The role of philanthropy in responding to this pandemic is critical.

Nonprofit organizations, accounting for nearly one in 10 jobs in the U.S. private workforce, with more than 12 million total employees, are in crisis.

For many nonprofits, especially those that provide safety-net services, demand has never been higher, and it’s only expected to grow in the coming months. At the same time, spring fundraising events have been canceled, and many donors are concerned about their own finances and capacity to give. And, in this election year, political campaign spending has already diverted funds from nonprofits, with more to come.

Many people with the ability to give are asking, “How do we best respond to this crisis?” Here is my advice:

Give locally. Unlike natural disasters, which are usually place-based, this pandemic is everyplace-based. The best place to start is in our own communities and states where we are most familiar with the needs, nonprofits and people.

Give more to the nonprofits you already know. Ask: How are they responding to COVID-19? How are they serving the community during this crisis and what do they most need? Consider making an additional donation to ensure that your favorite nonprofits will be here when the virus subsides.

Support newly created funds responding to the pandemic. Many states and cities, most community foundations, and other organizations have established funds specifically designed to provide aid in this crisis. These organizations are collecting funds and deploying them where the needs are greatest.

Trust nonprofits to choose how to spend the funds. Now is not the time to direct how your donations should be spent. Trust your nonprofit partners to direct donated money where they believe it can have the most impact. Also, relax any usual grant reporting requirements during the crisis so that nonprofits’ stretched resources can go to where they’re needed right now.

Dig deep. Take stock of what you have and need, and, if you are able to, stretch to give more to others who are more severely hurt by this pandemic. Focus less on what you have lost and more on what you have. “When you let go of trying to get more of what you don’t really need, it opens up oceans of energy to make a difference with what you have,” said author Lynne Twist.

If you are involved with a private foundation, remember that the 5% payout requirement is the floor for donations, not the ceiling. “The strength of a funder’s grantees at the end of this crisis will be a much better measure of the significance of a foundation than the size of its endowment,” according to many philanthropy leaders.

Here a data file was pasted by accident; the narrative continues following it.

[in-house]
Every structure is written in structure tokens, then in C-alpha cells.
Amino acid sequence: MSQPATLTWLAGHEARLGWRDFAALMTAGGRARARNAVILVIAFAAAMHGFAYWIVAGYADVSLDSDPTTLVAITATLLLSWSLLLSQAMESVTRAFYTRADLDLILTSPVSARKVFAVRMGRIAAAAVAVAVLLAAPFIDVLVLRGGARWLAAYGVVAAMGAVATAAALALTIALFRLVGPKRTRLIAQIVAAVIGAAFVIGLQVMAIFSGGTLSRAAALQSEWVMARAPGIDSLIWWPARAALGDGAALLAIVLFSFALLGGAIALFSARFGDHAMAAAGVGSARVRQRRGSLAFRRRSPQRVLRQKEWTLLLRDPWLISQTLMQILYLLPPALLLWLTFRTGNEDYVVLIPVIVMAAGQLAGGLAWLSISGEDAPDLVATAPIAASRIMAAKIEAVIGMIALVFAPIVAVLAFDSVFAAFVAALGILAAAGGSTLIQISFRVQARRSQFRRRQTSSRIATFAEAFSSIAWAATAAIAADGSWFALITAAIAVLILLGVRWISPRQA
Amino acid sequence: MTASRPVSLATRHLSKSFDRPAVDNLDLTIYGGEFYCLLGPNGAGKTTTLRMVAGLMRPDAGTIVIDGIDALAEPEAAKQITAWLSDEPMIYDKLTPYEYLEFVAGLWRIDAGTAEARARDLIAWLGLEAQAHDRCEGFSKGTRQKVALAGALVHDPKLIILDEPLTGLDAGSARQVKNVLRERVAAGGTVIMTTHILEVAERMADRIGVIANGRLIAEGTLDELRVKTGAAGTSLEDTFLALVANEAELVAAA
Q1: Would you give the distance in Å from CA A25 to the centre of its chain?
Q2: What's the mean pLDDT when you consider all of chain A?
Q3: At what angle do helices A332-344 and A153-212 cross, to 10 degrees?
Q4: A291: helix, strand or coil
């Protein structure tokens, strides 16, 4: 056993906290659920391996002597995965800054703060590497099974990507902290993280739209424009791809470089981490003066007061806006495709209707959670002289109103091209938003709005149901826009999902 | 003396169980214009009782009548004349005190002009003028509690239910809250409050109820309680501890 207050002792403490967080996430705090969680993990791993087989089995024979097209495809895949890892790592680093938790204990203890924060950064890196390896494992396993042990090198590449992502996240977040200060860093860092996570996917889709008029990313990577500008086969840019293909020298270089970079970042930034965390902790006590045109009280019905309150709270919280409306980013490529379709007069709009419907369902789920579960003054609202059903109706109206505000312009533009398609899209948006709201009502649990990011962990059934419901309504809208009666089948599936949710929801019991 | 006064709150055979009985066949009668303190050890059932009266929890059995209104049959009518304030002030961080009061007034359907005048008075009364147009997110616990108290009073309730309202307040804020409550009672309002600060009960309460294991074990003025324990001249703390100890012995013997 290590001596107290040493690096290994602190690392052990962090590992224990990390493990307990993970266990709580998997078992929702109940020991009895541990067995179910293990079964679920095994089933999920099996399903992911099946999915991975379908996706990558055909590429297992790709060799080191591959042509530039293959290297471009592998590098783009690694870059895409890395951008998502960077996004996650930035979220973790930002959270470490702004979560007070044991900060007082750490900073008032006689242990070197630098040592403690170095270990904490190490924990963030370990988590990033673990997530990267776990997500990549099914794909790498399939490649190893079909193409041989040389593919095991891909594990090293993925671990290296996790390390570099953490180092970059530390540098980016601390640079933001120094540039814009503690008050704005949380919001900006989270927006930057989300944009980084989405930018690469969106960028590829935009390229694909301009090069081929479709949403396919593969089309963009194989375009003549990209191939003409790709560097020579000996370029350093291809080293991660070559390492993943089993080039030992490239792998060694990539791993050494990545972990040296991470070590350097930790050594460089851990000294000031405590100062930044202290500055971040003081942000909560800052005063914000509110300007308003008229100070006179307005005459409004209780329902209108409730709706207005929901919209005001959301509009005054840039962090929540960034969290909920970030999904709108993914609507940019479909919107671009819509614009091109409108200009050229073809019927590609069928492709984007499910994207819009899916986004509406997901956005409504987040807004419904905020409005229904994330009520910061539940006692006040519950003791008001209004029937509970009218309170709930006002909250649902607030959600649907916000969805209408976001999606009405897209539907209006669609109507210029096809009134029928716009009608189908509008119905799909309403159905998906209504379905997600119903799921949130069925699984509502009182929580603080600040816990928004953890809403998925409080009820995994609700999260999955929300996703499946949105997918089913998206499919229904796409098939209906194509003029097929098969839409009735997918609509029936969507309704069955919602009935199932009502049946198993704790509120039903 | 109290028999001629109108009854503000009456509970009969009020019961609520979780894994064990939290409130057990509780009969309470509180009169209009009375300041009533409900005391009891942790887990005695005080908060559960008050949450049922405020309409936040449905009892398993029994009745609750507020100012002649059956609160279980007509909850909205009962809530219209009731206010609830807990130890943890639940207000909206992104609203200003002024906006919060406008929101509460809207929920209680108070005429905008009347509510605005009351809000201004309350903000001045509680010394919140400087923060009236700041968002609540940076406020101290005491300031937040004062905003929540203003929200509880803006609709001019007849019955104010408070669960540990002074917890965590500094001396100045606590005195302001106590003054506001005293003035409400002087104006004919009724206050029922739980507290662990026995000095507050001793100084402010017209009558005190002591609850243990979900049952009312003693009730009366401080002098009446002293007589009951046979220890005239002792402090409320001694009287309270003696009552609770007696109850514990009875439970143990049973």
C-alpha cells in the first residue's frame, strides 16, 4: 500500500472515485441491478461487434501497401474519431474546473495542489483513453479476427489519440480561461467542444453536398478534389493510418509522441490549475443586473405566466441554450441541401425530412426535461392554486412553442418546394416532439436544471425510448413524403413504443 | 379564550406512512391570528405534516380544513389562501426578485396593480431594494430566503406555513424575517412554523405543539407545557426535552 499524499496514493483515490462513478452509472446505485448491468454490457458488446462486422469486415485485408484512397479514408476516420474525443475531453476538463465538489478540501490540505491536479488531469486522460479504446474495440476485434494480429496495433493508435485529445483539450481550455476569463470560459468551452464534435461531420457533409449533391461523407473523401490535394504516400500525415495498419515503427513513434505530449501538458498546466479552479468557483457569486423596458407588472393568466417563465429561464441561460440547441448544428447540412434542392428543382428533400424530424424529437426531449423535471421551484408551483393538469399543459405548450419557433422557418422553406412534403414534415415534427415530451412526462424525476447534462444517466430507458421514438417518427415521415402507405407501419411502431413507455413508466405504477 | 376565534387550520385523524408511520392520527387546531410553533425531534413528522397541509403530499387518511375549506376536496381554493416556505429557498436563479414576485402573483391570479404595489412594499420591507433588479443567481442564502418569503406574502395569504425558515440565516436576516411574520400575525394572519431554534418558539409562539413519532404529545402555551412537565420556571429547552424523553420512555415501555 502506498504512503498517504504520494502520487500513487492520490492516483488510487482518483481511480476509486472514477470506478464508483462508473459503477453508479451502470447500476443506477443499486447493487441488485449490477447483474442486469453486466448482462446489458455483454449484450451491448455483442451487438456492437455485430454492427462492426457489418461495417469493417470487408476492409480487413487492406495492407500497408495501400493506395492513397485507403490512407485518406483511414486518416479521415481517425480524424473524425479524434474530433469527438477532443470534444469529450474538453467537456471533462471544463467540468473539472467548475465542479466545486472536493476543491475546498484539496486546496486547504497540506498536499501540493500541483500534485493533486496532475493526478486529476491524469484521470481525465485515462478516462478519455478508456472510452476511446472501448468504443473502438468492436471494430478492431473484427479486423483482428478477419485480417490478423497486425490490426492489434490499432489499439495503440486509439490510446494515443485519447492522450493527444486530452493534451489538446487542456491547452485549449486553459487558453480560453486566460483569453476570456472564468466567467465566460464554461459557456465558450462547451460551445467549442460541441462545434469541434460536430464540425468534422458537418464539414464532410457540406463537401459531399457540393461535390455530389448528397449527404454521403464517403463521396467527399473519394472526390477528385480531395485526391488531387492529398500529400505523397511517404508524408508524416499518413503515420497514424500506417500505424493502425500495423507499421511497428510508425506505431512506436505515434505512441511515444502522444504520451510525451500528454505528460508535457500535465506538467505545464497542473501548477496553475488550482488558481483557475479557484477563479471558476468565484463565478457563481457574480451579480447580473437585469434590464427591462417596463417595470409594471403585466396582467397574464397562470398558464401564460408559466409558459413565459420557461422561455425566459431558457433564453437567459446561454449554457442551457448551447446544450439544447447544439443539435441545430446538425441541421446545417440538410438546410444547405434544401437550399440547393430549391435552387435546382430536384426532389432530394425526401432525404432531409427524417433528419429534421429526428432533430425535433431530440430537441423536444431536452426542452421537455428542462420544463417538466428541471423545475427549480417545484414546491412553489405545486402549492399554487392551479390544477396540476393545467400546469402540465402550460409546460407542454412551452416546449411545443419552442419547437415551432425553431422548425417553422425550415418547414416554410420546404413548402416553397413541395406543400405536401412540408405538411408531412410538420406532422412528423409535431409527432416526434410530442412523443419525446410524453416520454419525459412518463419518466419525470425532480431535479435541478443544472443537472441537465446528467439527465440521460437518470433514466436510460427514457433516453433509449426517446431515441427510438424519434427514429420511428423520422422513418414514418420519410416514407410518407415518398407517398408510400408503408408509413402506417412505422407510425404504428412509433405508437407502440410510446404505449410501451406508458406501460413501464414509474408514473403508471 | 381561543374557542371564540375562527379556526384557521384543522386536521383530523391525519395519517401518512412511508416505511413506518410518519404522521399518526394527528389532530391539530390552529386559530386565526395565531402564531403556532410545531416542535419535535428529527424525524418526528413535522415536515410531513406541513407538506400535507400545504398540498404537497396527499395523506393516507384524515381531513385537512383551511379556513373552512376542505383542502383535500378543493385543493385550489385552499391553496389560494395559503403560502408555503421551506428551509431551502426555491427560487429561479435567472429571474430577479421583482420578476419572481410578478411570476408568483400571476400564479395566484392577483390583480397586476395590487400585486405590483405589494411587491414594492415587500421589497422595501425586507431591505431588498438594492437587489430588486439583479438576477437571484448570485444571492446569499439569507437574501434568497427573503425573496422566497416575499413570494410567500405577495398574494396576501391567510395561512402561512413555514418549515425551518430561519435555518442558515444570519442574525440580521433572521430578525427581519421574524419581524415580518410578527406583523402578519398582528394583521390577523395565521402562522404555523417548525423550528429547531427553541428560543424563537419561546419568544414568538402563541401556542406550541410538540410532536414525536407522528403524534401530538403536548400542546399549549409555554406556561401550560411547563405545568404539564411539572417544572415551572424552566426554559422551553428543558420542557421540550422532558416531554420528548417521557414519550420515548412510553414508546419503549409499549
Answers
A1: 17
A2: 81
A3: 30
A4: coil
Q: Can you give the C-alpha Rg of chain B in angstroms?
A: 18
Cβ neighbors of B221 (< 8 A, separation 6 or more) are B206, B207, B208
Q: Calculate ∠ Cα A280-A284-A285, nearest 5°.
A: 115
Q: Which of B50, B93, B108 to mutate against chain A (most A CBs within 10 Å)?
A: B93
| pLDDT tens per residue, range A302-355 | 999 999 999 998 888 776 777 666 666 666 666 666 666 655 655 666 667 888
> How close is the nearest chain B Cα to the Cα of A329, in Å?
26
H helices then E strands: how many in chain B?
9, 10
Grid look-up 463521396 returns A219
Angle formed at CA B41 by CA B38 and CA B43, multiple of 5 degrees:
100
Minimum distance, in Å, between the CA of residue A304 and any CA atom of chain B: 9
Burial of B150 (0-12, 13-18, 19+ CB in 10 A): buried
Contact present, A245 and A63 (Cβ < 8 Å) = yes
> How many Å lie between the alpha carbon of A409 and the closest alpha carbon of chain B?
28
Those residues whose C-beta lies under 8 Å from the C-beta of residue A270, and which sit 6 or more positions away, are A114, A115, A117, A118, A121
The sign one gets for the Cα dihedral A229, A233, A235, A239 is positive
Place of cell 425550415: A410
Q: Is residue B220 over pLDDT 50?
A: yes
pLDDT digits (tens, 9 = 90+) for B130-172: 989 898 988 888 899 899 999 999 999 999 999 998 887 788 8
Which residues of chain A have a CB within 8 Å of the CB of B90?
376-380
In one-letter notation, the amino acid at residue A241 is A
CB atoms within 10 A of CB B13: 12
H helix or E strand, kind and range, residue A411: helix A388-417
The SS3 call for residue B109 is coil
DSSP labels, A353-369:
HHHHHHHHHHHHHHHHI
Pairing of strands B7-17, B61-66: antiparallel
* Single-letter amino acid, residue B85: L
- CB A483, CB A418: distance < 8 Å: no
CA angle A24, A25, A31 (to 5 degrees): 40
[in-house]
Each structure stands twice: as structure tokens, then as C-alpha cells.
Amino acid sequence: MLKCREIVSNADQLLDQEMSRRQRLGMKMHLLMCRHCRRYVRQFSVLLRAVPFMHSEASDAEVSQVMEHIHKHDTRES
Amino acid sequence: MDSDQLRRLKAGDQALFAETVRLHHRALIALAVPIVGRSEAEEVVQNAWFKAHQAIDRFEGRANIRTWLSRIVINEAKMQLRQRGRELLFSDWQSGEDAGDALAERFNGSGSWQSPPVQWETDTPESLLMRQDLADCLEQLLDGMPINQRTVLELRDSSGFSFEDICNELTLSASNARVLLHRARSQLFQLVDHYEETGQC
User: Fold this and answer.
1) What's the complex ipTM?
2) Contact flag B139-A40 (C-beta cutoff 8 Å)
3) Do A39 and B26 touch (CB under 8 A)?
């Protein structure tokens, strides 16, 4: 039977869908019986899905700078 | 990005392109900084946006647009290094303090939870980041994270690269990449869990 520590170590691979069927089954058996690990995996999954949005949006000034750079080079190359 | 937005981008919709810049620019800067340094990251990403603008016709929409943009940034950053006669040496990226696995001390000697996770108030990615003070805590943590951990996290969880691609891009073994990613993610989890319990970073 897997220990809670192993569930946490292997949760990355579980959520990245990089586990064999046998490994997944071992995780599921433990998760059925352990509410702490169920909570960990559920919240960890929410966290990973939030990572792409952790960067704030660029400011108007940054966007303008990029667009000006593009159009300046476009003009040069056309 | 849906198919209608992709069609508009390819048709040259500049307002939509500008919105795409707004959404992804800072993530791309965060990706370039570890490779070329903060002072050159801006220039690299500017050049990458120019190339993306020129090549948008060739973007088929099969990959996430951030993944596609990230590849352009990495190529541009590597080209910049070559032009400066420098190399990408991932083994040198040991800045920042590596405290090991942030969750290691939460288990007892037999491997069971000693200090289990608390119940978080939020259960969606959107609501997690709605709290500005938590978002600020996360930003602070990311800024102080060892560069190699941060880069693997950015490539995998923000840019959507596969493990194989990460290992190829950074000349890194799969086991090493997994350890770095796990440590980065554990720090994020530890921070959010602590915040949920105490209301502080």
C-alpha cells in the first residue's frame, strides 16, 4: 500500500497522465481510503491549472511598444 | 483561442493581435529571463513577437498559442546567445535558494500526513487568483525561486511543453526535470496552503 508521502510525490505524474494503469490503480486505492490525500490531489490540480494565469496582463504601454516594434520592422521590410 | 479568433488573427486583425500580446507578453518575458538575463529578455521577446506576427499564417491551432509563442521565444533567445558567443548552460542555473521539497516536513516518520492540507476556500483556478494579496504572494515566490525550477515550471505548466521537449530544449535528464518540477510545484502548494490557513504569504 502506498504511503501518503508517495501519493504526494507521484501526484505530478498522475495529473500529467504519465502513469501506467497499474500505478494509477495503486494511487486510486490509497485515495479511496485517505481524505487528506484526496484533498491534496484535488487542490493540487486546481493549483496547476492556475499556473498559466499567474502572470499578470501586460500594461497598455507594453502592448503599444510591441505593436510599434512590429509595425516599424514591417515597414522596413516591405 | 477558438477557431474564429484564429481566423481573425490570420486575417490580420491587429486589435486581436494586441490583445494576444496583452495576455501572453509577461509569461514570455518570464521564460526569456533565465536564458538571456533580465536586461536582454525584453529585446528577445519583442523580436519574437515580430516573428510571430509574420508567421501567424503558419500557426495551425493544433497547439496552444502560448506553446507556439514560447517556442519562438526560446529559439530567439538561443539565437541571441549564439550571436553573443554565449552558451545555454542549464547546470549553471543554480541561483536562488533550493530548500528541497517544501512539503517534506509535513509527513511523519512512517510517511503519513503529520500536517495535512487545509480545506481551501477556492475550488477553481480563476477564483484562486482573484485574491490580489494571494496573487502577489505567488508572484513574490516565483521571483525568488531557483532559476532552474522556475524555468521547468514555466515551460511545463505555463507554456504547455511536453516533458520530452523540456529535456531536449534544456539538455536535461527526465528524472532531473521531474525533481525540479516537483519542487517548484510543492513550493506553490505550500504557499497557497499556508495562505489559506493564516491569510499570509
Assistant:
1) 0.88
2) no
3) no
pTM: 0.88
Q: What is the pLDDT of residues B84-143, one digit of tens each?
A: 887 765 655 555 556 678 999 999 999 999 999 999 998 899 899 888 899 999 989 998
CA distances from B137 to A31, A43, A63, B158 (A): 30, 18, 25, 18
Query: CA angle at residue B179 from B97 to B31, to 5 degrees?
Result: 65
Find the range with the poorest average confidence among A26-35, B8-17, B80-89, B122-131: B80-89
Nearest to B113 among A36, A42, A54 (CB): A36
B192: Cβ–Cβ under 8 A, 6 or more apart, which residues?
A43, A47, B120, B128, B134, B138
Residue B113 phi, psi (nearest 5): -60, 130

Also consider the expanded use of program-related investments in addition to grants.

Anticipate mid- and long-term needs. Although the needs are acute today, they will continue to grow long after the immediate health crisis subsides. The mid- and long-term effects of unemployment, homelessness, hunger, physical and mental health needs and more will continue to grow for many months after the coronavirus has spiked. If you can, create a plan for future giving, as well.

View this as an opportunity for growth, change and reflection. “We may have all come on different ships, but we’re in the same boat now,” said Martin Luther King Jr. Many people are writing about how life will be different after COVID-19 and the collective, societal effects of this disaster. Now is a great opportunity for each of us and our families to reflect on how we consume, share, collaborate, invest and give to our near and far neighbors.

“We are witnessing an extraordinary moment in the contemporary history of humankind and the life of the planet,” said Richard Woo, senior adviser in philanthropy, impact investing & social equity. “Both natural ecosystems and those systems created by people are threatened and faltering. The world is changed already by the pandemic and more is to come. Therein lies an opening. In philanthropy, we have an opportunity, a choice and an obligation to do more than simply witness, but rather to act now to support a bottom-up movement to reinvent systems to be more just, sustainable and whole.”

May each of you stay safe and healthy. If you are able to do so, please deepen and augment your philanthropy to help address the effects of COVID-19 in this time of great need.

Bruce DeBoske is a philanthropic strategist working with the DeBoskey Group.